CC BY-NC-ND 4.0 · Endosc Int Open 2019; 07(04): E431-E432
DOI: 10.1055/a-0859-7233
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Owner and Copyright © Georg Thieme Verlag KG 2019

Epstein-Barr virus detection using gastric biopsy specimens after rapid urease test for Helicobacter pylori

Hideo Yanai
1   Department of Clinical Research, National Hospital Organization Kanmon Medical Center, Yamaguchi, Japan
,
Hisashi Iizasa
2   Department of Microbiology, Shimane University School of Medicine, Shimane, Japan
,
Daisuke Chihara
3   Department of Gastroenterology & Hepatology, National Hospital Organization Kanmon Medical Center, Yamaguchi, Japan
,
Tomoyuki Murakami
4   Department of Pathology, National Hospital Organization Kanmon Medical Center, Yamaguchi, Japan
,
Jun Nishikawa
5   Department of Laboratory Science, Yamaguchi University Graduate School of Medicine, Ube, Japan
,
Hironori Yoshiyama
2   Department of Microbiology, Shimane University School of Medicine, Shimane, Japan
› Author Affiliations
Further Information

Publication History

submitted 11 October 2018

accepted after revision 27 December 2018

Publication Date:
21 March 2019 (online)

Epstein-Barr virus-associated gastric carcinoma (EBV GC) is a distinct subtype of GC [1] [2].) Many cases of EBV GC have a background of Helicobacter pylori (HP)-positive chronic atrophic gastritis (CAG) [3]. How and when EBV appears in the gastric mucosa is important information for understanding EBV-associated carcinogenesis. Almost all everyone is EBV seropositive, and ordinary serological tests are not useful to detect EBV positivity in gastric mucosa. The pathogenic role of EBV in CAG is unknown. We previously reported that 65.7 % of CAG cases (23 of 35) were EBV positive in quantitative PCR (Q-PCR) for gastric biopsy specimens [4]. However, performing research-oriented EBV gastric biopsies for non-cancerous gastritis patients is difficult in esophagogastroduodenoscopy (EGD). On the other hand, the rapid urease test (RUT) for HP is a routine procedure using gastric biopsy specimens [5]. We thought that the gastric biopsy specimen used for RUT might be a useful sample for EBV detection without any additional burden for the patient.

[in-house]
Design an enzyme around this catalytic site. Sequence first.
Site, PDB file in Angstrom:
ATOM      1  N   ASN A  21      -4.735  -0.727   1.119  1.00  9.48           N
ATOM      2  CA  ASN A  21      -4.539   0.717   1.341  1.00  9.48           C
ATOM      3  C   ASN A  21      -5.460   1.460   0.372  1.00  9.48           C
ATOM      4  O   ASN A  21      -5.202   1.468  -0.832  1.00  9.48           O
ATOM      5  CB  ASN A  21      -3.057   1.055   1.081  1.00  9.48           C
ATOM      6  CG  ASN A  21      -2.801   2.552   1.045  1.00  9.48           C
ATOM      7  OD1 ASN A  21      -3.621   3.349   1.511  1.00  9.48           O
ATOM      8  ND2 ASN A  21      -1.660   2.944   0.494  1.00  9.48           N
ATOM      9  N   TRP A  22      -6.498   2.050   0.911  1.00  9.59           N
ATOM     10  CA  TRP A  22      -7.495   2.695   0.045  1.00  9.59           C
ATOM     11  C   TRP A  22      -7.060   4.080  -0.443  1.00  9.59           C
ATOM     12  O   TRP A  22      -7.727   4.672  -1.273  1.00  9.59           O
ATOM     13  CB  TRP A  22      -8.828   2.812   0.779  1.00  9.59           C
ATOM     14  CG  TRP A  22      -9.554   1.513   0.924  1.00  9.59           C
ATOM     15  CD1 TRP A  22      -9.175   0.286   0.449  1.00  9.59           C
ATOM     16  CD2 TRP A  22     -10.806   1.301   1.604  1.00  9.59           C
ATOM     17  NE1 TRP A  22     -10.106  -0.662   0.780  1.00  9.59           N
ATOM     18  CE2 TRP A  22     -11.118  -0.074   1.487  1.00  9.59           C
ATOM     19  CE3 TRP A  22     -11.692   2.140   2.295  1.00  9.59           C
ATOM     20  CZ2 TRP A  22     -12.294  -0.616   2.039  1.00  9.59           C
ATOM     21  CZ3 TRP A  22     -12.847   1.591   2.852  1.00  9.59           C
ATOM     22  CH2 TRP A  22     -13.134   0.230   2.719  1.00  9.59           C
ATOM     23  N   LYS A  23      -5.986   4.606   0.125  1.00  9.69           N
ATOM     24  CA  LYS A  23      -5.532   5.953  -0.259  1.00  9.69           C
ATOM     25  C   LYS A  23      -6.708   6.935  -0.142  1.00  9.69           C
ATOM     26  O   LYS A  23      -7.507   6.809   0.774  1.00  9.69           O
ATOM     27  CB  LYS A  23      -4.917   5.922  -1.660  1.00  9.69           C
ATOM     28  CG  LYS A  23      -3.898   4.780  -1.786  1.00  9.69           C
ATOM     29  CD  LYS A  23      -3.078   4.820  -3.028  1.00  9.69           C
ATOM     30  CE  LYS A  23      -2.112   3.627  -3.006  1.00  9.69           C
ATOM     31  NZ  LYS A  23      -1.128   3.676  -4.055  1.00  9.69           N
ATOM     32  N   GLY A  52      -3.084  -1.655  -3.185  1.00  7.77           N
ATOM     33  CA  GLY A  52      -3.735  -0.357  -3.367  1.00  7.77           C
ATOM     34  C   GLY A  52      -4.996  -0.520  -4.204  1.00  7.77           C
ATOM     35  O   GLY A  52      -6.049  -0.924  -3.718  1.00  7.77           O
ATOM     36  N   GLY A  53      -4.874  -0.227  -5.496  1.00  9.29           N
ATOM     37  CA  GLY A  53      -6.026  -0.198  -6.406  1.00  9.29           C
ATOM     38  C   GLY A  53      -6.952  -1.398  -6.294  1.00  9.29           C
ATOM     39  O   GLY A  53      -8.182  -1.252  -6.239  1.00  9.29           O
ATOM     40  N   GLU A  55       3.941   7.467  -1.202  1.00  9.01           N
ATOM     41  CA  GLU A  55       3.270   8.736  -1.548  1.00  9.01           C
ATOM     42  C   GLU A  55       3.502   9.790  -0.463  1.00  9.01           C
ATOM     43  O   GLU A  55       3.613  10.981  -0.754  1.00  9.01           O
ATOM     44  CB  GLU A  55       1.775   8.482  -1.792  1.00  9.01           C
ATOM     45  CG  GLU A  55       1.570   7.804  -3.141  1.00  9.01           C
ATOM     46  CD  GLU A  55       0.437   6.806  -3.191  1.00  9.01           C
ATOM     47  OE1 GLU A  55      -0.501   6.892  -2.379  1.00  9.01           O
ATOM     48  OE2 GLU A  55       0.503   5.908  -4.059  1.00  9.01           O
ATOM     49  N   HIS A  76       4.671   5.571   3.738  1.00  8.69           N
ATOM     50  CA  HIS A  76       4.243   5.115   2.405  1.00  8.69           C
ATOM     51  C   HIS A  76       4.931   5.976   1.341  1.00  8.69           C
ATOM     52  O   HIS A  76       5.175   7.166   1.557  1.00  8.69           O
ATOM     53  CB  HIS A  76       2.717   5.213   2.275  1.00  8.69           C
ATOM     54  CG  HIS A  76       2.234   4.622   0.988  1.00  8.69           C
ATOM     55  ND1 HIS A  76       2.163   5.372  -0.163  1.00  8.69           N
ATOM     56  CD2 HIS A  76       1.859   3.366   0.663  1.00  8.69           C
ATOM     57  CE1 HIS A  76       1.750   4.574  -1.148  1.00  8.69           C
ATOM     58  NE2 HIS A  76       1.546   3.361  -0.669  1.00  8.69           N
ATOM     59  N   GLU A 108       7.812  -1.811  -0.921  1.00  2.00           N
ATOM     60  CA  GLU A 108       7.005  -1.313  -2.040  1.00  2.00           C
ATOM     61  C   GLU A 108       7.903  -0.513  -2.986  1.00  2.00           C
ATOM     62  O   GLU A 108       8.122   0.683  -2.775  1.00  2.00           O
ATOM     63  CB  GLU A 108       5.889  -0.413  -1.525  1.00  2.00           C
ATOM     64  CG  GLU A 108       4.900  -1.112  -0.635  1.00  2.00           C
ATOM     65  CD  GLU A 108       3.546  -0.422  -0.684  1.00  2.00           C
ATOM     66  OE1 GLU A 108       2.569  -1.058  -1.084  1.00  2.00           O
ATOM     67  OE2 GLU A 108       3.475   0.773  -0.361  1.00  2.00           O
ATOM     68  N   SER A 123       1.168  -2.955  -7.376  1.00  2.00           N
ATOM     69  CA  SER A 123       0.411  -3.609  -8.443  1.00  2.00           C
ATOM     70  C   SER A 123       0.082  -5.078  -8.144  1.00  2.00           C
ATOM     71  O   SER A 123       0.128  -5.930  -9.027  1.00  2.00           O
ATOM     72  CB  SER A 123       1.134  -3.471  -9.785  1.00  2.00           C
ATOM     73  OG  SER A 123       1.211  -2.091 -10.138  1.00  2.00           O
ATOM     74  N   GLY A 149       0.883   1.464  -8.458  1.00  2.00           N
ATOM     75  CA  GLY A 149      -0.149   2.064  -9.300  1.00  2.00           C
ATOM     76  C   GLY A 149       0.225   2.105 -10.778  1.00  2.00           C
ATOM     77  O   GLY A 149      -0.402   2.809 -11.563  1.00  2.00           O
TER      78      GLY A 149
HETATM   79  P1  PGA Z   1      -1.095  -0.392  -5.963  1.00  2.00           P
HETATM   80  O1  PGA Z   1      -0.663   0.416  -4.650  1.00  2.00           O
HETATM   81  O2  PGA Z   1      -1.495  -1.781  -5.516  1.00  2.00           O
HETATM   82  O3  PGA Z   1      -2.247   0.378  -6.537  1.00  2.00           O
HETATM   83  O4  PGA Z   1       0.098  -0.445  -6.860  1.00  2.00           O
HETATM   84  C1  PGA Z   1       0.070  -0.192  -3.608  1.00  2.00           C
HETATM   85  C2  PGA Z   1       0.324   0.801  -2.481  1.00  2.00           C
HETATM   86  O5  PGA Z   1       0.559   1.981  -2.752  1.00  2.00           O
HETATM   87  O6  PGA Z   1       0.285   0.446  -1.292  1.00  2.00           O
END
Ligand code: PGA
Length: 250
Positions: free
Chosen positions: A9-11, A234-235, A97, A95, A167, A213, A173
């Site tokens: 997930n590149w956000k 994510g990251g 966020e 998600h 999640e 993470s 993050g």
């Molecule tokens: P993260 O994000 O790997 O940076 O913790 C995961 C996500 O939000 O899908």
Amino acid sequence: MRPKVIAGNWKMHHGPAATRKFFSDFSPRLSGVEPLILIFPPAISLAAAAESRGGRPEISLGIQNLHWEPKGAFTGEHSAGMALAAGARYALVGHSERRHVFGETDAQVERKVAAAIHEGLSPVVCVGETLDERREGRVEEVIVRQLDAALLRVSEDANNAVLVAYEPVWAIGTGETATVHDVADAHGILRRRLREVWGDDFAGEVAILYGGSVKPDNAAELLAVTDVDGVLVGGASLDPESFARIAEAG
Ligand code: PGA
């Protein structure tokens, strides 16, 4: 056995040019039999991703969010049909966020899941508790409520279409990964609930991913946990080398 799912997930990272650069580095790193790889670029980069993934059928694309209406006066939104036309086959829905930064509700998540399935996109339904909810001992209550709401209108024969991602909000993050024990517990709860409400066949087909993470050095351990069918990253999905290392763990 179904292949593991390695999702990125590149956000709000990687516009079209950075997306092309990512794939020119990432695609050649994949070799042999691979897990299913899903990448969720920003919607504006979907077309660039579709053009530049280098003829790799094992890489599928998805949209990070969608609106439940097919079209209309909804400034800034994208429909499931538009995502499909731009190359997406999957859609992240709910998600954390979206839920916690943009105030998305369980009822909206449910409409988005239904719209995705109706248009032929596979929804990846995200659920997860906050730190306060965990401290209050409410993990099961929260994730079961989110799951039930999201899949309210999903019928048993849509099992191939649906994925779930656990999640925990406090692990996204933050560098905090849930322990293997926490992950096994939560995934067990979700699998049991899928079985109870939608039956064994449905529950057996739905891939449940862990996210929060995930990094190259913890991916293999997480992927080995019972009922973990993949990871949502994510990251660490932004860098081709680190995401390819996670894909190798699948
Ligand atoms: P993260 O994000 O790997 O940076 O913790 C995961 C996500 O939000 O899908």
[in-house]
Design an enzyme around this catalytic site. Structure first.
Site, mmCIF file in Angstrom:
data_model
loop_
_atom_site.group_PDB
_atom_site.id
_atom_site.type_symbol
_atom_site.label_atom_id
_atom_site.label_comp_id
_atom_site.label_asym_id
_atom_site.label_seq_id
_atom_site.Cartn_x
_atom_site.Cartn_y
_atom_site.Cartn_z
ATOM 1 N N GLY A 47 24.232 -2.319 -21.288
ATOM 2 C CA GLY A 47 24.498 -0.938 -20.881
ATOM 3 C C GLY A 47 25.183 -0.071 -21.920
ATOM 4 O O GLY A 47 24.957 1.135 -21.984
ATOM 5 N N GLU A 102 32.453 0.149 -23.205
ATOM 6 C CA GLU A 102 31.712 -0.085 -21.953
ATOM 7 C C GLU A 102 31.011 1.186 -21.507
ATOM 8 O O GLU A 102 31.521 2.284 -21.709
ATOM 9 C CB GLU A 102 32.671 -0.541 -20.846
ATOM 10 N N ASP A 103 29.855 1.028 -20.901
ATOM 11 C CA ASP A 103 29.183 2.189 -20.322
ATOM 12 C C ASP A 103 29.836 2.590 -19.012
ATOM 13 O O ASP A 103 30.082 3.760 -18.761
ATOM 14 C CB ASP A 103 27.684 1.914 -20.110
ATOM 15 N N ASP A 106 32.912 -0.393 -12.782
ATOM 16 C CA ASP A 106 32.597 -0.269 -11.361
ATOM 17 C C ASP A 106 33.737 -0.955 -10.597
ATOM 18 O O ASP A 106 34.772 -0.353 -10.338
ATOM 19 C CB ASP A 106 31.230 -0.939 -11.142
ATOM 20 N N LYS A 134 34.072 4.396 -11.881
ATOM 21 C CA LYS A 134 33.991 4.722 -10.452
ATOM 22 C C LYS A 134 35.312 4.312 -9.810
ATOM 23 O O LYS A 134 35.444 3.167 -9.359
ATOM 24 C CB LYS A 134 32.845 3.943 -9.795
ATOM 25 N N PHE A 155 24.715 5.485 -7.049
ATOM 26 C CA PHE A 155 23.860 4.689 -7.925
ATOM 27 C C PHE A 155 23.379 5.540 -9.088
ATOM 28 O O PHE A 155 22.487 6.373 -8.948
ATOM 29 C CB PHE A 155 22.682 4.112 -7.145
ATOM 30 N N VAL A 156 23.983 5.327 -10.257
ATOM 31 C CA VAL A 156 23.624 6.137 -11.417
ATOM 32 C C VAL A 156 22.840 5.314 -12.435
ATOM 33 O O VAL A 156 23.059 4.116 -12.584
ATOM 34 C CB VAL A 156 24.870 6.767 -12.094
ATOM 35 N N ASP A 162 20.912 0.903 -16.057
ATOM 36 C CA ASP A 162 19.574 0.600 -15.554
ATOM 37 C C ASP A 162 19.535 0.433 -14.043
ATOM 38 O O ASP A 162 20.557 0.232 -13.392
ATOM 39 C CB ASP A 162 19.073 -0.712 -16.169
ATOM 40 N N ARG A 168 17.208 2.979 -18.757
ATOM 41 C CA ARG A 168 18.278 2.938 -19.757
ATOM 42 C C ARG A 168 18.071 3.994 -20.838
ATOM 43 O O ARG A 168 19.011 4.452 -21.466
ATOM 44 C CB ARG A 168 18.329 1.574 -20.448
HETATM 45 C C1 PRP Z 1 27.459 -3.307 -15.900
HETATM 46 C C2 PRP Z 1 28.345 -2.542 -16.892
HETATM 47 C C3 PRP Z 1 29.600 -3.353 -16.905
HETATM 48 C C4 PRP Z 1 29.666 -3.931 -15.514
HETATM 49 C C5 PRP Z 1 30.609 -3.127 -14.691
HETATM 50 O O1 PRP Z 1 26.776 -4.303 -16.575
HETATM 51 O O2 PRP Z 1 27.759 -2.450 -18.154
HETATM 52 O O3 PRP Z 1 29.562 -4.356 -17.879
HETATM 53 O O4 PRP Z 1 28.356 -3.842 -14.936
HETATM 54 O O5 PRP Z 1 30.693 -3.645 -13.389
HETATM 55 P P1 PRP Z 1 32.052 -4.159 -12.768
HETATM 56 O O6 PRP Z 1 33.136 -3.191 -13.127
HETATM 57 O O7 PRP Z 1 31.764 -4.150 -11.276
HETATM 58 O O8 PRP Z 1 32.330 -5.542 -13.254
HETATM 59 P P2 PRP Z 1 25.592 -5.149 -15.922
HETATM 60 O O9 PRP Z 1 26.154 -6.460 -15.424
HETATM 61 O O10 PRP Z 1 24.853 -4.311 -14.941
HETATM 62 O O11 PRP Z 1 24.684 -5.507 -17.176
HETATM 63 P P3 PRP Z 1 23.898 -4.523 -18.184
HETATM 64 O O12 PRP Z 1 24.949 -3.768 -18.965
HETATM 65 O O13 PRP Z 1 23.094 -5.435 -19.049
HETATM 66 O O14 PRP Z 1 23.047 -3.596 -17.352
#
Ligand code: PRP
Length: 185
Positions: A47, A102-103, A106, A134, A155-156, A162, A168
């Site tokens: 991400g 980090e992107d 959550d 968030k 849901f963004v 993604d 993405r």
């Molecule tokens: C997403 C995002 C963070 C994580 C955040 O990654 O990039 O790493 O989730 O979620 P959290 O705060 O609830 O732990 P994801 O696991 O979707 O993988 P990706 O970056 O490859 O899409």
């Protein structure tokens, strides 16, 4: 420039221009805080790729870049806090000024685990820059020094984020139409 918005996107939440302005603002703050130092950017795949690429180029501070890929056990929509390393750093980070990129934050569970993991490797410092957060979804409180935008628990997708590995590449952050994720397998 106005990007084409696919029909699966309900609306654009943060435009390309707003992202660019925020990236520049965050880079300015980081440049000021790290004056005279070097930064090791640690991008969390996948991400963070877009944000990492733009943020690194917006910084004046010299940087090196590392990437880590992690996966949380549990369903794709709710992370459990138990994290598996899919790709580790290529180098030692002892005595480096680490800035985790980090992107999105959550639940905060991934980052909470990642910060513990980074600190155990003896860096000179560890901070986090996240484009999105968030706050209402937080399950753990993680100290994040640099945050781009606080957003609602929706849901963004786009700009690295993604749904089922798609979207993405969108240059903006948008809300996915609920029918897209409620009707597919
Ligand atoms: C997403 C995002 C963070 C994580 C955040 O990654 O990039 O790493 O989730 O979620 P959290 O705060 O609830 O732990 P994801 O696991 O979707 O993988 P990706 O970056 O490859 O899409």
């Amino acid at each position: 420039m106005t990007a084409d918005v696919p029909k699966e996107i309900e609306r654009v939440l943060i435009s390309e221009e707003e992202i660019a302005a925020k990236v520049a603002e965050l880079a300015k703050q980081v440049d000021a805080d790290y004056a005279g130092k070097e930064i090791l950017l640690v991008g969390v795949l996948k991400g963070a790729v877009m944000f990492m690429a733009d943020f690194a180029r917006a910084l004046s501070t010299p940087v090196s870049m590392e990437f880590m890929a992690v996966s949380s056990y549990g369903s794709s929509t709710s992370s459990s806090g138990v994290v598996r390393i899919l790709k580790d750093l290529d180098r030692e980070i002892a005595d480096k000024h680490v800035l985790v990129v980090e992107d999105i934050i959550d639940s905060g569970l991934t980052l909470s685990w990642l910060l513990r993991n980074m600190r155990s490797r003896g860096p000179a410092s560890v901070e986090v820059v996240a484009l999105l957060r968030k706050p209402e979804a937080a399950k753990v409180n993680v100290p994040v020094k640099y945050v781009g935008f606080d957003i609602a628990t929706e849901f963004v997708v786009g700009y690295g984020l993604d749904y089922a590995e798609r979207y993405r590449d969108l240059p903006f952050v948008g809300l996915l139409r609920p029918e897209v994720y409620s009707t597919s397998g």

We tested gastric biopsy samples from patients who underwent routine EDG and agreed to EBV detection. They underwent EGD with RUT at the National Hospital Organization Kanmon Medical Center from July through August 2016. RUT was performed using a PyloriTek test kit (Serim Research Corp., United States).

We obtained written informed consent, and this study was approved by the institutional review board. Gastric biopsy samples used for RUT were frozen once and afterword subjected to Q-PCR for the EBV oriP gene. After RUT, a biopsy specimen was quickly collected from the RUT kit and frozen at – 80 °C. Specimens were transported from our hospital to the test laboratory in frozen condition.

EBV detection was successfully performed using two gastric biopsy specimens each after RUT in 10 cases. EBV was detected in four cases (40 %), and HP was detected in nine cases (90 %). Three cases were EBV and HP double positive.

In the current preliminary experience, simultaneous detection of both EBV and HP infection of the stomach using gastric biopsy specimens obtained for RUT was possible and is thus expected to become a useful tool for studying the carcinogenesis of EBV GC. EBV positivity of 40 % is relatively low compared with our former data of 65.7 %. However, the current data were obtained from a small number of samples, and we think these preliminary results are indicative of the utility of this method. We will analyze the sensitivity of the current method in a future large-scale study.

Reuse of gastric biopsy specimens for EBV detection after RUT is noninvasive with only minimal difficulty for the endoscopist. We hope our current method will provide a great deal of data on EBV positivity in gastric mucosa and be used for future prevention for EBV GC.